Red Hat Software Collections 2.3 now beta

Today, Red Hat announced the beta availability of Red Hat Software Collections 2.3, Red Hat’s newest installment of open source web development tools, dynamic languages, and databases. Delivered on a separate lifecycle from Red Hat Enterprise Linux with a more frequent release cadence, Red Hat Software Collections bridges developer agility and production stability by helping to accelerate the creation of modern applications that can then be more confidently deployed into production.

New additions to Red Hat Software Collections 2.3 Beta include:

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Migration of Red Hat Enterprise Linux 5 or 6 to Red Hat Enterprise Linux 7 with the Preupgrade Assistant

This article describes how an administrator can migrate Red Hat Enterprise Linux 5 or Red Hat Enterprise Linux 6 to Red Hat Enterprise Linux 7 with the help of the Preupgrade Assistant. The Preupgrade Assistant is a tool which assesses your running system for anything that might adversely affect the success of your migration.

As Red Hat Enterprise Linux 5 will have only extended update support after March 2017, administrators will find a tool like that useful to help them migrate their systems to Red Hat Enterprise Linux 7. The migration from Red Hat Enterprise Linux 5 to Red Hat Enterprise Linux 6 is not covered by the Preupgrade Assistant, nor is it planned.

Note: The Preupgrade Assistant can also be used for the in-place upgrade from Red Hat Enterprise Linux 6 to Red Hat Enterprise Linux 7 but this is out of scope of this article. The in-place upgrade from Red Hat Enterprise Linux 5 to Red Hat Enterprise Linux 7 is neither supported nor planned.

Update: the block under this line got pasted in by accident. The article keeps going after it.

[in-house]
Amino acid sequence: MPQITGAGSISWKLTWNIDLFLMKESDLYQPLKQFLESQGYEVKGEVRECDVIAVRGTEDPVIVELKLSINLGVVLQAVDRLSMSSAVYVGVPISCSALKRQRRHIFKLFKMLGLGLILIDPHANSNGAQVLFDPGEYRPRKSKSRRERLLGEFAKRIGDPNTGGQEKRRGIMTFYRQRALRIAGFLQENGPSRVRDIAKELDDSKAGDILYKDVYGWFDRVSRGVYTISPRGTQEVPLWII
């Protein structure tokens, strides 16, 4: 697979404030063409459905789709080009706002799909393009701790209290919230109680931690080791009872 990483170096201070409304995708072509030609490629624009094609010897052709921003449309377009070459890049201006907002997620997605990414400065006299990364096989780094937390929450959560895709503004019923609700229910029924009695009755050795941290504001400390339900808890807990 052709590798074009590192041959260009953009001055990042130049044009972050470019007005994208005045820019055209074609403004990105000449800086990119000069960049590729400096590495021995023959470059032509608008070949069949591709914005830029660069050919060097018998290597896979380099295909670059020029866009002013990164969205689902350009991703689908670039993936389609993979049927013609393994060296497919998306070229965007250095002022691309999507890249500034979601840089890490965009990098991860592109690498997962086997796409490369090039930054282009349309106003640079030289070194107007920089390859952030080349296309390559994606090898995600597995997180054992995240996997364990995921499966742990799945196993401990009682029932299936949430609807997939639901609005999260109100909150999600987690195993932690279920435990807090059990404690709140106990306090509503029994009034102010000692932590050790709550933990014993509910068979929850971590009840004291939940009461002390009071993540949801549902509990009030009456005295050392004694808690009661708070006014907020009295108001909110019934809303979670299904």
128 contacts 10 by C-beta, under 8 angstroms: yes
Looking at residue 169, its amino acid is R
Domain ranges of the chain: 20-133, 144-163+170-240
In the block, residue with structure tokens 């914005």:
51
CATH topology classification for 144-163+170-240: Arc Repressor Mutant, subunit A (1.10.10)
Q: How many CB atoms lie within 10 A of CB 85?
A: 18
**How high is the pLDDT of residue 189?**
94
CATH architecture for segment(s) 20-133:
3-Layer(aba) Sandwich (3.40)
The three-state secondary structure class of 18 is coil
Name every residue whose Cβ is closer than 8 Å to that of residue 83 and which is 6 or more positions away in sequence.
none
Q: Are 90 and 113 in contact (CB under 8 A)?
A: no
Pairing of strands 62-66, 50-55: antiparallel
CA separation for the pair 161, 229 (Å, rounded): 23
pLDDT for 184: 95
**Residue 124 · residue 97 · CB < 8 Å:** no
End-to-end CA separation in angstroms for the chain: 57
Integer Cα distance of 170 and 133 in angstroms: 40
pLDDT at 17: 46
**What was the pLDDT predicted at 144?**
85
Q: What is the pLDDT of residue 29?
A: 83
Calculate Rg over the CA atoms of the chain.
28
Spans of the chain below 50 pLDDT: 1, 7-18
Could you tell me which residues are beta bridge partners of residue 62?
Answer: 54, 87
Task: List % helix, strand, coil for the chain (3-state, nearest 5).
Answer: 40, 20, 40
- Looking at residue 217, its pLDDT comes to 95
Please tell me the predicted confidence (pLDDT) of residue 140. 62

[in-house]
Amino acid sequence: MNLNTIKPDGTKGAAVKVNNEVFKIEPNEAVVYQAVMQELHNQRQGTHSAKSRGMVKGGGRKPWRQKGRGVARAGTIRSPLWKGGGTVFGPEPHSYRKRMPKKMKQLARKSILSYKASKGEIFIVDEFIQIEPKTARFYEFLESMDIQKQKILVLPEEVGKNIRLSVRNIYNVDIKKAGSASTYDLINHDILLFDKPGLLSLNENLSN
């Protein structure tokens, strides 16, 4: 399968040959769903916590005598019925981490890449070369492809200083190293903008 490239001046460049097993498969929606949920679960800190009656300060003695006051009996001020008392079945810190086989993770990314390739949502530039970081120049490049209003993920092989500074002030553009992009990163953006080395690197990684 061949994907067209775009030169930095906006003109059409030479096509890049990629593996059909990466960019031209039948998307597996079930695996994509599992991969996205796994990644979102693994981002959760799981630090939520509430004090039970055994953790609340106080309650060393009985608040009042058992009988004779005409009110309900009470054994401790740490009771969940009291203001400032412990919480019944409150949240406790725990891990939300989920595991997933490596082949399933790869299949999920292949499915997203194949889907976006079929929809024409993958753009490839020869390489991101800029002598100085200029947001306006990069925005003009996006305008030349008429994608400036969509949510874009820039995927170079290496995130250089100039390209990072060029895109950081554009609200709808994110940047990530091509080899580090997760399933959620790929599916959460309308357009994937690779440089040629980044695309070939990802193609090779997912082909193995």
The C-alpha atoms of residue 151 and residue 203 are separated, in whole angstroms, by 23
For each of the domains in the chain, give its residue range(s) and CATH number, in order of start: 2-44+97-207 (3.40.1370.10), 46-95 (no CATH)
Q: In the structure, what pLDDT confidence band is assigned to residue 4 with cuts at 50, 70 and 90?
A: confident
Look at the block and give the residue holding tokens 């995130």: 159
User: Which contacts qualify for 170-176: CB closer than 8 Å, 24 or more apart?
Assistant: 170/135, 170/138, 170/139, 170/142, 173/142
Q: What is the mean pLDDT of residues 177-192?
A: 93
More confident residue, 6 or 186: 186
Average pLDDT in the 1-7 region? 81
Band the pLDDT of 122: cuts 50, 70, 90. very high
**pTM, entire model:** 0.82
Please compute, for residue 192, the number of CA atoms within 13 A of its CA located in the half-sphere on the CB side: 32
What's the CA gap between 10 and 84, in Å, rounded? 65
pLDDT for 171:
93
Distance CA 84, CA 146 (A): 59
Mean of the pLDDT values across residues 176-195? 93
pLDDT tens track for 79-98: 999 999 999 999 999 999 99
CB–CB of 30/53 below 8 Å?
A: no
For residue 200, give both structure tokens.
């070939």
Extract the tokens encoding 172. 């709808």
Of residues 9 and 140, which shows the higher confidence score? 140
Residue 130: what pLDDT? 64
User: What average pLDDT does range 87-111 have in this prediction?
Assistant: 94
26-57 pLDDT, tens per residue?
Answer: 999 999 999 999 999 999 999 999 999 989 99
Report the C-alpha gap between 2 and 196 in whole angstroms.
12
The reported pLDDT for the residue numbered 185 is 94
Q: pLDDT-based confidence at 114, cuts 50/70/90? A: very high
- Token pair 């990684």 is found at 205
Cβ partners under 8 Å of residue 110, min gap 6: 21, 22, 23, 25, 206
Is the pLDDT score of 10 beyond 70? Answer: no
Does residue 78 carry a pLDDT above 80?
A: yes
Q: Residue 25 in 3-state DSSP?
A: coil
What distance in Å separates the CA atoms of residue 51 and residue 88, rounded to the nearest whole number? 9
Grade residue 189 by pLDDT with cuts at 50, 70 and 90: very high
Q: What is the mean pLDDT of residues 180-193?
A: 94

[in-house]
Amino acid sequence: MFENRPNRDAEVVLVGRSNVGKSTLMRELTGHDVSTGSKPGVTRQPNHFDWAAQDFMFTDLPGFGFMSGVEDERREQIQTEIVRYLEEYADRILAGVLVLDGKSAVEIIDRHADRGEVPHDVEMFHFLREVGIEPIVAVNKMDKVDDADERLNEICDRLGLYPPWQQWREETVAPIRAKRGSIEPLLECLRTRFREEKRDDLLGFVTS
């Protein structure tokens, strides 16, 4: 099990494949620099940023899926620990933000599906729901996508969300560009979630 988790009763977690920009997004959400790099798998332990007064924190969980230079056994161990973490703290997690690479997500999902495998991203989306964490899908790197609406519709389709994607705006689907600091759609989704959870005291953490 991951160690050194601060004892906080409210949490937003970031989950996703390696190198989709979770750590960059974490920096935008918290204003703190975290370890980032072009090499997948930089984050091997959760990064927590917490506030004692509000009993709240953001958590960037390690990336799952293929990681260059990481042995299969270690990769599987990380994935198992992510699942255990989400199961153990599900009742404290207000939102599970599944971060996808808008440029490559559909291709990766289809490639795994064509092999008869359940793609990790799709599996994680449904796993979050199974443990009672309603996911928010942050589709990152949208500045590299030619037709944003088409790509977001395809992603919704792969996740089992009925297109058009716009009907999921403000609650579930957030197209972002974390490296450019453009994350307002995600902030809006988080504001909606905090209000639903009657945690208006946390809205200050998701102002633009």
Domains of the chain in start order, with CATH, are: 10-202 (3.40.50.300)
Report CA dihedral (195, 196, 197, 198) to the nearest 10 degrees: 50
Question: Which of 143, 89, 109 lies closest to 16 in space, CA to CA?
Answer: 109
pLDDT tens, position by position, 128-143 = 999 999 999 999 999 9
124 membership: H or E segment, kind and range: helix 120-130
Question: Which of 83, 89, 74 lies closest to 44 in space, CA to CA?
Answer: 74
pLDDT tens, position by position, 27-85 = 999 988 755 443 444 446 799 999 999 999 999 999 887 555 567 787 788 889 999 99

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Writing Microservices: An Example Through a Simple To-Do Application

Microservices are becoming a new trend, thanks to the modularity and granularity they provide on top of advantages like releasing applications in a continuous manner. There are various platforms and projects that are rising which aims to make writing and managing microservices easy.

Keeping that in mind, I thought, why not make a demo application that can give an example of how microservices are built and how they interact. In this article, I will be building a small application using the Microservice Architecture (MSA).

The application will be a super simple To-Do management list. So, let’s have take a look at what we are going to build and how we are going to build.

Editor’s note: This article references Fedora, which is the upstream project for Red Hat Enterprise Linux (RHEL) — now free for developers. This tutorial should also work on RHEL, just replace ‘dnf’ with ‘yum’ wherever appropriate.

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For more information about Red Hat OpenShift and other related topics, visit: OpenShift, OpenShift Online.

Keeping track of my subscriptions using the Red Hat Content Delivery Network API

In a previous post, where-have-all-my-subscriptions-gone, I mentioned that you can access the Red Hat Content Delivery Network (CDN) using its API — allowing you to query CDN for subscriptions and their usage, registered hosts, and more as well as unregistering hosts, and more.

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